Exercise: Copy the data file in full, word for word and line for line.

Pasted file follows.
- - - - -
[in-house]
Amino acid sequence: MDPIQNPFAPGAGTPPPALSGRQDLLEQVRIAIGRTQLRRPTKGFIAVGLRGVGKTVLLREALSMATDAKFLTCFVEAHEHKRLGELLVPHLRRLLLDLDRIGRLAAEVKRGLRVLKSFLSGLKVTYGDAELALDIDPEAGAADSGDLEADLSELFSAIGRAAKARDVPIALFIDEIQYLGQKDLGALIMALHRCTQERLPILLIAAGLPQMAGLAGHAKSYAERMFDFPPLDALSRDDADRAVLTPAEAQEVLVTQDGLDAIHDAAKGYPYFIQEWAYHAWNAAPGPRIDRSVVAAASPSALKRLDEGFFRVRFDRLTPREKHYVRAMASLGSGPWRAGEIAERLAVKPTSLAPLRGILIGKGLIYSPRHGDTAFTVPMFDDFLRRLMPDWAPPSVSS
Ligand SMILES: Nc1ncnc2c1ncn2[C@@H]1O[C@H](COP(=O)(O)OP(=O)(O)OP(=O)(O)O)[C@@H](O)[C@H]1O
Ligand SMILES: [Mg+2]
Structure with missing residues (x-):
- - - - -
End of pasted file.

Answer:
[in-house]
Amino acid sequence: MDPIQNPFAPGAGTPPPALSGRQDLLEQVRIAIGRTQLRRPTKGFIAVGLRGVGKTVLLREALSMATDAKFLTCFVEAHEHKRLGELLVPHLRRLLLDLDRIGRLAAEVKRGLRVLKSFLSGLKVTYGDAELALDIDPEAGAADSGDLEADLSELFSAIGRAAKARDVPIALFIDEIQYLGQKDLGALIMALHRCTQERLPILLIAAGLPQMAGLAGHAKSYAERMFDFPPLDALSRDDADRAVLTPAEAQEVLVTQDGLDAIHDAAKGYPYFIQEWAYHAWNAAPGPRIDRSVVAAASPSALKRLDEGFFRVRFDRLTPREKHYVRAMASLGSGPWRAGEIAERLAVKPTSLAPLRGILIGKGLIYSPRHGDTAFTVPMFDDFLRRLMPDWAPPSVSS
Ligand SMILES: Nc1ncnc2c1ncn2[C@@H]1O[C@H](COP(=O)(O)OP(=O)(O)OP(=O)(O)O)[C@@H](O)[C@H]1O
Ligand SMILES: [Mg+2]
Structure with missing residues (x-):